The news cycle is dominated by stories of bad behavior by men. The “Me -Too” movement has exposed countless examples of sexual abuse and harassment by men especially by men in powerful positions. It has galvanized women to become more involved in politics and to add new energy to gender equality issues – equal pay, paid maternity leave, etc.. The call to finally put an end to male supremacy in all walks of life is again at the forefront of the feminist agenda. Nothing mentioned should be opposed by thoughtful men who respect the best of their masculinity However, there seems to be unintended consequences.. According to the LA Times, only about half of all boys expect to work in well-paid professional jobs when they grow up, compared to nearly three quarters of girls. In other words, we’re somehow teaching young boys that either learning is ‘girl’s stuff’, or that there’s no point in being aspirational.
There appears to be an enormous disconnect between the beliefs and behavior of adult men – the patriarchy – with the beliefs of boys. Yes, a small percentage of men have looked to the retrograde “manosphere” to reinforce their attitudes about male supremacy. On the other hand, the vast majority of adult men, without feeling overly defensive about their masculinity, have rallied to support gender equality and championed the end of sexual abuse not only in the workplace but in all aspects of society. But what about our boys? Does the data reported in the LA Times suggest that many boys have simply given up and see manhood as being subjugated by matriarchy? What will the result be if boys have given up? One could easily make the argument that the school shooters are non-aspirational lost boys who have channeled their powerlessness into pointless violent acts. If we ignore our lost boys we not only increase the risk of violent acts but lose the potential that these boys can contribute to our society. Educators and parents need to make sure that we are not losing our boys and find ways to help them take pride in their gender that is not based on the diminishment of women.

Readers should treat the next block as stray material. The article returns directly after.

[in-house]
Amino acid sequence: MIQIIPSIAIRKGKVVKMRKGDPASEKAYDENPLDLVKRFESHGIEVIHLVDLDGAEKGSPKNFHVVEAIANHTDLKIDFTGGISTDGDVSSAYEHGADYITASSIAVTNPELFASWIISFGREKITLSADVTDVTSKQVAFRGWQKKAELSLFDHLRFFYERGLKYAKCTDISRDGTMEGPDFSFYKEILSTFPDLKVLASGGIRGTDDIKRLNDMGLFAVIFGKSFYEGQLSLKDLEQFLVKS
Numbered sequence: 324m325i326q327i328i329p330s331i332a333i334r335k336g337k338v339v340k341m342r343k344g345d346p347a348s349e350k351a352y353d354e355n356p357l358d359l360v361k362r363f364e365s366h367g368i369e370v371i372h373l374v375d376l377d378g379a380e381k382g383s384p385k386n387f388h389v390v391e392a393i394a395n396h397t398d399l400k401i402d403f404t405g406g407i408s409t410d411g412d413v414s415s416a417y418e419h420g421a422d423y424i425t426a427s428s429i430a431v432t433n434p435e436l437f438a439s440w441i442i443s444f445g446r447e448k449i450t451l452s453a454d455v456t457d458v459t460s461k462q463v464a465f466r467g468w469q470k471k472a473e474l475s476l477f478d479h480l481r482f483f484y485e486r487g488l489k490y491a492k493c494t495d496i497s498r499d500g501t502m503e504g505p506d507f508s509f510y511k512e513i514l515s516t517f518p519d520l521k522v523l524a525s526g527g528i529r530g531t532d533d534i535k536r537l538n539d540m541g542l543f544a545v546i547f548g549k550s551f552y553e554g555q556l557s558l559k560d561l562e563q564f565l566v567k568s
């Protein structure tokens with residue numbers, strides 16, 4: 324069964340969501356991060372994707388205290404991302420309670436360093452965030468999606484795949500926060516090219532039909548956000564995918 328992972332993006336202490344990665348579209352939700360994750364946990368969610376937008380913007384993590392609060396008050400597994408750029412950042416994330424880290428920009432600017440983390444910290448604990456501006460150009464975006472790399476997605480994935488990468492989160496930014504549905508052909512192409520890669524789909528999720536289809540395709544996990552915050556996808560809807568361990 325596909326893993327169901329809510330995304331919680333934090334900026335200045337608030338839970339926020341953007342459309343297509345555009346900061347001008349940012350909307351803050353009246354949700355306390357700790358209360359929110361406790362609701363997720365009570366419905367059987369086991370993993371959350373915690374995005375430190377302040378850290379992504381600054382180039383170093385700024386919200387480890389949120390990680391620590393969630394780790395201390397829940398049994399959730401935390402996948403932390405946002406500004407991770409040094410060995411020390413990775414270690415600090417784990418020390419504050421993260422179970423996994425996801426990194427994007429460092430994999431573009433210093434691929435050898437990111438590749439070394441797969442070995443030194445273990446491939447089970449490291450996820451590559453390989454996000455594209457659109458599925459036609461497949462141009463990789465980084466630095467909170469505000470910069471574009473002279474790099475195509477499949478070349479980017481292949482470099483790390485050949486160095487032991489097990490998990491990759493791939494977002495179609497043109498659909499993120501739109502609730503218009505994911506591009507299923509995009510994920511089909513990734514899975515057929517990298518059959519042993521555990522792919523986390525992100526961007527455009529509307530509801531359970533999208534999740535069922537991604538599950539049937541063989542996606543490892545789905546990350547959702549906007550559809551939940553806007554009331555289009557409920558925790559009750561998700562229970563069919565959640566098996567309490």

Hopefully we can expand the conversation about male dominance and gender equality to include the impact on those men young and old who are struggling to recalibrate their attitudes about their masculinity. Girls are rightfully being given the message that they can achieve their fullest potential without fear of sexual abuse and gender discrimination. What message are we giving our boys?